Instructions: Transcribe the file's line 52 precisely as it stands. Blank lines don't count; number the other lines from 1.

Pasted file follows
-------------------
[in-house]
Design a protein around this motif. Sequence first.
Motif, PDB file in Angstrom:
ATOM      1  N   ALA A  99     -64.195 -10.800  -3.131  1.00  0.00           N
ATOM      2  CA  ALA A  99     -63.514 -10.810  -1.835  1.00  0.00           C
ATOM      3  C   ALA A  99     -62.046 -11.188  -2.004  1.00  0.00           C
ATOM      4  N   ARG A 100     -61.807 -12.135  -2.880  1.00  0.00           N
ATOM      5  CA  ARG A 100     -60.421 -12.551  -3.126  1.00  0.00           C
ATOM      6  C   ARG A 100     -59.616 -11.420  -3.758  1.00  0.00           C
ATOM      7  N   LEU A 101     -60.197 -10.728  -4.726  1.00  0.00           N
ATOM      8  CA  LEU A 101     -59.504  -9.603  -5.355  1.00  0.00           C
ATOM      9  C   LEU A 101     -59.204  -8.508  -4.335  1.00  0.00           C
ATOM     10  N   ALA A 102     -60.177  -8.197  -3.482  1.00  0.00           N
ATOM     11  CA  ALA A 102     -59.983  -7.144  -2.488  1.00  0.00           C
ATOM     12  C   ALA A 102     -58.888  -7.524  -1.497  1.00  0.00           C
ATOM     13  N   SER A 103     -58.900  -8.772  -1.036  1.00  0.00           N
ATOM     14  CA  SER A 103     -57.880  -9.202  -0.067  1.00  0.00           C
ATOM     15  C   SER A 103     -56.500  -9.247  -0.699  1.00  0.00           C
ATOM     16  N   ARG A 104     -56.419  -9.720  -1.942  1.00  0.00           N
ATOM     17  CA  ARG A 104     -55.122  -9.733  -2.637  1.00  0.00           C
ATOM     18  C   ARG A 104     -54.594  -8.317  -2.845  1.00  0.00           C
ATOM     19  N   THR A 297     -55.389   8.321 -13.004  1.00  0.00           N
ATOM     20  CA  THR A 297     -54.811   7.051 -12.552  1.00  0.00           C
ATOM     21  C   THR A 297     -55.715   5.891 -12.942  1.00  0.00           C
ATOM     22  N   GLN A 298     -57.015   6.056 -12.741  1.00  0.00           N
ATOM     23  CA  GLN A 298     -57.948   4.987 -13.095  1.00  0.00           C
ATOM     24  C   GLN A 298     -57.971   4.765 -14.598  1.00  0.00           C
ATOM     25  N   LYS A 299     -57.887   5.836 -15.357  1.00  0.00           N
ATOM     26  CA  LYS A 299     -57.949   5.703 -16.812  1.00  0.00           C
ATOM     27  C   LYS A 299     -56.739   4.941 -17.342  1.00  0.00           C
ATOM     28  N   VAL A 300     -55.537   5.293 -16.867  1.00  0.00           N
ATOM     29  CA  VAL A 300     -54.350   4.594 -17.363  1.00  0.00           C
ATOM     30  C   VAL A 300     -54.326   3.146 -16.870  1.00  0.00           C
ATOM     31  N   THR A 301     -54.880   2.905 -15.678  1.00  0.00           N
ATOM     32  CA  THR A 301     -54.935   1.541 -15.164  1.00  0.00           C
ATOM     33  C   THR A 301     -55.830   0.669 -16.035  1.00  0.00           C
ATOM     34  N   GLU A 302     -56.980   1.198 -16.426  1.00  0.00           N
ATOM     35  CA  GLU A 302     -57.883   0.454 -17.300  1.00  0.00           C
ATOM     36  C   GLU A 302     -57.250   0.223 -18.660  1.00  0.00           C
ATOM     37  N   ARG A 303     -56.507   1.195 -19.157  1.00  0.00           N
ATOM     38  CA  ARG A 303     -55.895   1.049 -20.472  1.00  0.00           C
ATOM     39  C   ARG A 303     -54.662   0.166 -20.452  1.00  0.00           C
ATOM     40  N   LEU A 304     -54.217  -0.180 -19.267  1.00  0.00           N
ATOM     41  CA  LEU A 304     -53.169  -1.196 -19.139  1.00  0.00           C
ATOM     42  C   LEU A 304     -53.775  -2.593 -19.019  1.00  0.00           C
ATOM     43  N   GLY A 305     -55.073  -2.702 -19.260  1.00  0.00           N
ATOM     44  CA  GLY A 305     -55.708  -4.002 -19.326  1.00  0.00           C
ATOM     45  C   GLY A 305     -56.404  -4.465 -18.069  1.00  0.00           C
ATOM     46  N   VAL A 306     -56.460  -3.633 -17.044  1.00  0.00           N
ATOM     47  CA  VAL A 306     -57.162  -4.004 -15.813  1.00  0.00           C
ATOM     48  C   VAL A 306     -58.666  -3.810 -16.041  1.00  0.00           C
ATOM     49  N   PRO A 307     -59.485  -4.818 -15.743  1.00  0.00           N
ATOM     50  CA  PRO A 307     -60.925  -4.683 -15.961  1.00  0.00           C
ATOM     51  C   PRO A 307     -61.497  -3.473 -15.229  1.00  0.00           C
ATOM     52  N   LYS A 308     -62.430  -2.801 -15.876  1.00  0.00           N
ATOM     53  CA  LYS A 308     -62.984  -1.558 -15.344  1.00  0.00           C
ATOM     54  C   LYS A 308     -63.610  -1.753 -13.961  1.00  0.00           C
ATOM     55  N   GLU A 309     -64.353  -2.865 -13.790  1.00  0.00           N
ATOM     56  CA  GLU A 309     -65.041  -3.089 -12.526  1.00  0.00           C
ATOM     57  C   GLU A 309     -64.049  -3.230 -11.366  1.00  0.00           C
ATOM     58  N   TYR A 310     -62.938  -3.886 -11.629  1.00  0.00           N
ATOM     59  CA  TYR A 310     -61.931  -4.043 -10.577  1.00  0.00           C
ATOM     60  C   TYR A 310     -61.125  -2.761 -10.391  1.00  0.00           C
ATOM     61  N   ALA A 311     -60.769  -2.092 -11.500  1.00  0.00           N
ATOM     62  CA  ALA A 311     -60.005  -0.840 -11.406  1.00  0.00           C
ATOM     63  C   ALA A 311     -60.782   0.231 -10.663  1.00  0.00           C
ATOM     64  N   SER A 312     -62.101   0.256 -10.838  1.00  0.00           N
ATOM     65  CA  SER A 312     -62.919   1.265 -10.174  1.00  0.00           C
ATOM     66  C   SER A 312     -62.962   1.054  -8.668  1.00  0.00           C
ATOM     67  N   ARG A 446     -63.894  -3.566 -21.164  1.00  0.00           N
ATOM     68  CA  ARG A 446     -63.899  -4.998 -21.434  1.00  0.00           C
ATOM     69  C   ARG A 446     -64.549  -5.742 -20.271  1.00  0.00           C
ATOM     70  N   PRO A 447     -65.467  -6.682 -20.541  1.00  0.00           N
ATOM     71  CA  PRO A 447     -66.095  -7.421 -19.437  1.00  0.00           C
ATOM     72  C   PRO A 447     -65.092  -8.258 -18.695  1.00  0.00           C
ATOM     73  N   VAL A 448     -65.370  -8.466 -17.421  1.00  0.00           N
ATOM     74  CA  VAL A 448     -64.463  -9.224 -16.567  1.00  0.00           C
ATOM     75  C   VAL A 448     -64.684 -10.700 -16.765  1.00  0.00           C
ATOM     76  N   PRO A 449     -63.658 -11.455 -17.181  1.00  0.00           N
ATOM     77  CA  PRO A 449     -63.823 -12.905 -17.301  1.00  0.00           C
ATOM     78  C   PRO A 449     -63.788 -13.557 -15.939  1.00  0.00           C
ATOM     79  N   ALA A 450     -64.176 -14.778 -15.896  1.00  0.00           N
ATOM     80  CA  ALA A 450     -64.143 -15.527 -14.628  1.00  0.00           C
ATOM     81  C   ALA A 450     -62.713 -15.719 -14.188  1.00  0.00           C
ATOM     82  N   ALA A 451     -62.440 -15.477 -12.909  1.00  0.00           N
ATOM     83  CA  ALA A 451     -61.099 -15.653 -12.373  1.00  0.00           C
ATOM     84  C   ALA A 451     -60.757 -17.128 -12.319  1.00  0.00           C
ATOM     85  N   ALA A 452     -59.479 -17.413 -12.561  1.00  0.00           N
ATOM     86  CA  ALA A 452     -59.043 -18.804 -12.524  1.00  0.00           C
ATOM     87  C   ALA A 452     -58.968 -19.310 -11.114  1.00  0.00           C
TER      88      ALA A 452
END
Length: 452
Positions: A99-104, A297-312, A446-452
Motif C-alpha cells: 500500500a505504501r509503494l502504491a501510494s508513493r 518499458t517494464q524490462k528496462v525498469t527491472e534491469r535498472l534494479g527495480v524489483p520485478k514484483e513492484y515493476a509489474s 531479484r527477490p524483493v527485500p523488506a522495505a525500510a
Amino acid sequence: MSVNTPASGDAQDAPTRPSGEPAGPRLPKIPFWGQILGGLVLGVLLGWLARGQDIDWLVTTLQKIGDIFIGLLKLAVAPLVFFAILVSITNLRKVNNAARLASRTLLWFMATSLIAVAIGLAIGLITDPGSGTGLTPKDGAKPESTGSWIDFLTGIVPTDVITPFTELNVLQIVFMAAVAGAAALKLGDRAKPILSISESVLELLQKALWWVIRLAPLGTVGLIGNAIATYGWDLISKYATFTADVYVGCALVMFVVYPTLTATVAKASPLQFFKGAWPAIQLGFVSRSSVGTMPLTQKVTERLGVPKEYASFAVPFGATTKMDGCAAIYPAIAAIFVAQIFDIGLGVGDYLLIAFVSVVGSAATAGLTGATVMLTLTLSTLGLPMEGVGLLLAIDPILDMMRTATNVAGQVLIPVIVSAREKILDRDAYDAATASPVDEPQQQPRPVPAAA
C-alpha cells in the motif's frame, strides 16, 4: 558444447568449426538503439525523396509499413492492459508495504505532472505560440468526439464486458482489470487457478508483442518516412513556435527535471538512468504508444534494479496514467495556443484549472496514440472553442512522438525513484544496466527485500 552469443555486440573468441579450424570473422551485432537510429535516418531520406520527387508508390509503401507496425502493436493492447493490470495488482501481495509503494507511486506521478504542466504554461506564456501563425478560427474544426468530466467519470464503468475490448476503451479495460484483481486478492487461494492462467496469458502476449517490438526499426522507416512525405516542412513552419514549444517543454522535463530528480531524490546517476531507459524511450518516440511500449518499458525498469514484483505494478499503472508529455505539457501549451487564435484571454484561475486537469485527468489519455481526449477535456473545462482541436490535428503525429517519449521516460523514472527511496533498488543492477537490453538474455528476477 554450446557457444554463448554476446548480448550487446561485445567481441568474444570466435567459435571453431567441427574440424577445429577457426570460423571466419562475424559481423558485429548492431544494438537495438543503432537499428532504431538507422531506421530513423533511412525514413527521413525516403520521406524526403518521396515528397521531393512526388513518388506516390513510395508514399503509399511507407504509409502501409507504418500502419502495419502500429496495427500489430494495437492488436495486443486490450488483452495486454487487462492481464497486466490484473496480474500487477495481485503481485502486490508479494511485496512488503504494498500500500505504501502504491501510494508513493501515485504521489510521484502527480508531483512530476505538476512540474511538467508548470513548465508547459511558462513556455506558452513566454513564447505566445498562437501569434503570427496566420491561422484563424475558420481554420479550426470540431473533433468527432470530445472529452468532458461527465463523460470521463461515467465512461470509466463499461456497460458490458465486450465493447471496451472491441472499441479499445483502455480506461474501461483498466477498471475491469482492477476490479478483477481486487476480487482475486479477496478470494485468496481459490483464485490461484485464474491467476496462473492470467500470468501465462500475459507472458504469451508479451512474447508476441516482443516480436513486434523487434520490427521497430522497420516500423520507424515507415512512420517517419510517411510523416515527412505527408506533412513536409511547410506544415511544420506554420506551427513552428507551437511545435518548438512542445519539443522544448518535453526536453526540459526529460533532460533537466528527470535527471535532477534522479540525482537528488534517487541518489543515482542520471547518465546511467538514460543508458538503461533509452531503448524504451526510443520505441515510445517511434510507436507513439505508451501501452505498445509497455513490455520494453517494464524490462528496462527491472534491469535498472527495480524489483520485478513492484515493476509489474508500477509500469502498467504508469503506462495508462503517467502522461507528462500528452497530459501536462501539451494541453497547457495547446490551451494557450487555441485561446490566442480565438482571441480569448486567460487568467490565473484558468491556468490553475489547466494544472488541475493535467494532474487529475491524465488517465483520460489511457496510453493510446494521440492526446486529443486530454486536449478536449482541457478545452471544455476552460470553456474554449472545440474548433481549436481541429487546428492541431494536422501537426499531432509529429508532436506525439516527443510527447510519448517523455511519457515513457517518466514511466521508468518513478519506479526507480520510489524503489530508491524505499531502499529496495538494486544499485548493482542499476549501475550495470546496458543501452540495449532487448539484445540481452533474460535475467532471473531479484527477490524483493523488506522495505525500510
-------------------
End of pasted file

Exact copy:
ATOM     49  N   PRO A 307     -59.485  -4.818 -15.743  1.00  0.00           N